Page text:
Describing the characters in your novel is tricky business.
You see them in your mind with such clarity that you could write an entire novel about the placement of their freckles and the messiness of their curls. And that’s great for you! But not for your reader.
So how do you write killer character descriptions? Read on and find out!
Mirrors are Deadly
(and so are puddles, ponds, shards of glass or any other reflective surfaces writers come up with)
Please, please! For the love of all things literary, do not have your character describe their reflection. It makes editors, agents, and many readers cringe in terror. Why, you might ask? Because no one in their right mind ever looks in the mirror and describes themselves.
It’s unnatural. It’s cliché. It’s painful. Just don’t do it!
Less is More
Readers love the opportunity to fill in some blanks. When you pack your character descriptions with excruciating details, it dampens readers’ natural drive to involve themselves creatively in your novel. This can result in a lack of active engagement, which may mean that your novel gets flung forcefully into the slush pile.
Keep it Simple
No one wants to read about your character’s “picture-perfect, rose-colored cheeks, like two tiny cherries perched gracefully on a delicious mound of cream.”
It may surprise some writers out there, but “her cheeks were pink” works just fine.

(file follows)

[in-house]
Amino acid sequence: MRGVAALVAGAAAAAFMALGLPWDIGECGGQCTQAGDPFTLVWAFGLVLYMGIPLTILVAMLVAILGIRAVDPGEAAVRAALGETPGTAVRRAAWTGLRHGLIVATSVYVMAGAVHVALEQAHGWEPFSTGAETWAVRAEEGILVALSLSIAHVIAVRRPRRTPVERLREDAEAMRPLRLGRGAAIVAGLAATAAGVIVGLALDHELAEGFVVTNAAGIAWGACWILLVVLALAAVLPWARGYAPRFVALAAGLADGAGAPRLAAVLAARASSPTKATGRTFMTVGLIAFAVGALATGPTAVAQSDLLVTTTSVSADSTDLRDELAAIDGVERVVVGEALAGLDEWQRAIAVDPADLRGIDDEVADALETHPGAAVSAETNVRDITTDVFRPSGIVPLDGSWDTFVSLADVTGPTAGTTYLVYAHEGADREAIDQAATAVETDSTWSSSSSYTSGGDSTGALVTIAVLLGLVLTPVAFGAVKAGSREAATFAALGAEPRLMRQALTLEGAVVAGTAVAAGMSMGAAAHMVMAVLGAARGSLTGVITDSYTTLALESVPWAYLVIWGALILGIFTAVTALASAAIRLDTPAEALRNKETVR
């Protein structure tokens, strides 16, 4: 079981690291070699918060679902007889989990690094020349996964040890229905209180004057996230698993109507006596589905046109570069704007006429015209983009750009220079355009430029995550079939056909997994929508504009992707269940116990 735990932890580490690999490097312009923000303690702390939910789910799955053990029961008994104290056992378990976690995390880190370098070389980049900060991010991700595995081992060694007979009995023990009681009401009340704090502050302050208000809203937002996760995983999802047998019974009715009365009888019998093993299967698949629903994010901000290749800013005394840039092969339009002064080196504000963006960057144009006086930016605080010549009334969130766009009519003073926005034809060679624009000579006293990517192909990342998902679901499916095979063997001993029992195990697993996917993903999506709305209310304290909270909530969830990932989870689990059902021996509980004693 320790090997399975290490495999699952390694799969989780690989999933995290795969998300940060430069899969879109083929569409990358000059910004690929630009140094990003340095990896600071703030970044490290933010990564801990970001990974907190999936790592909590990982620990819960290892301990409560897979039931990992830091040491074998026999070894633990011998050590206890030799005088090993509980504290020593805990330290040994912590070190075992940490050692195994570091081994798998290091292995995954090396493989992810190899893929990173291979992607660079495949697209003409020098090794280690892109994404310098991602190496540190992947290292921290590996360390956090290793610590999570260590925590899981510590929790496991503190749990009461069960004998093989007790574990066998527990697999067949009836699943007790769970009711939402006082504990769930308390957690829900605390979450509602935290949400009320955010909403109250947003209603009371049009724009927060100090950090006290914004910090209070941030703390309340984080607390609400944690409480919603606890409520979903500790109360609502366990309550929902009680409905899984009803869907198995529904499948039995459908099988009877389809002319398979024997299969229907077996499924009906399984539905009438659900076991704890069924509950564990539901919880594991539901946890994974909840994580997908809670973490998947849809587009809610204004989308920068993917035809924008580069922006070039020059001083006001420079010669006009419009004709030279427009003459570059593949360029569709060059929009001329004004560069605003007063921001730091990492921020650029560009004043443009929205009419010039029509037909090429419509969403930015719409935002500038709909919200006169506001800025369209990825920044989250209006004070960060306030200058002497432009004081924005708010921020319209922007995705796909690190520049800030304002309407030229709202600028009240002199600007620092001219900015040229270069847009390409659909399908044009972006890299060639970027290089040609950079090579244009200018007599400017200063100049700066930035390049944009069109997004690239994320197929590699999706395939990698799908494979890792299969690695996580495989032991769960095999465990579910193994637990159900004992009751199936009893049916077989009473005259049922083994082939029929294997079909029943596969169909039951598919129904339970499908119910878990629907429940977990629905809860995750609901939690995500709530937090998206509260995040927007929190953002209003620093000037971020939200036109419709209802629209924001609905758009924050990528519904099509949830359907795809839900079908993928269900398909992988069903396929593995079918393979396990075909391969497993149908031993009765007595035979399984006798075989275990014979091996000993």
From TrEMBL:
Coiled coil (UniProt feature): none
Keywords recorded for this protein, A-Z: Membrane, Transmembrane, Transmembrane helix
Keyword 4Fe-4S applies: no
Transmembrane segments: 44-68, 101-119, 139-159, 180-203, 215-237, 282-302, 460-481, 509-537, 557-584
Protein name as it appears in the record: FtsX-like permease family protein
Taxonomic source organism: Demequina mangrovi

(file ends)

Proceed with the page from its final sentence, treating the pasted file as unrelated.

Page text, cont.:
Keep it Real
Readers don’t like to feel inferior to your characters. So if your heroine has “long, flowing, unbearably gorgeous curls that seem to float around her like an angelic halo of light,” you might want to consider taming it down a bit.
I know, I know, you love your characters and want them to be beautiful. But the middle-aged mom reading your novel in her sweltering hot SUV while her son takes karate lessons doesn’t want to develop an inferiority complex over your character’s heavenly curls.
In romance novels, however, these unrealistic descriptions are more expected.
Don’t Beat us Over the Head
If every time your character moves a muscle, she has to “tuck her long, auburn hair behind her ears,” it gets kind of old.
Describe your characters once near the beginning and maybe occasionally throughout (if you’re really afraid readers will forget or if, for some reason, it really matters).
Spread it Out
If at some point in your novel someone is described as “a slender, petite girl with luscious breasts, lovely chestnut hair cut in a stunning bob, and electric-blue eyes that could pierce the soul,” please spread out the descriptions!
Integrating descriptions into action is a great way to “hide” them from your readers. For example: “She wiped sweat from her freckled skin” is much more interesting and subtle than “She had freckles.”
Have any advice for writing great (not sucking) character descriptions? Please share in the comments!
Need a freelance novel editor? Check out my editing services.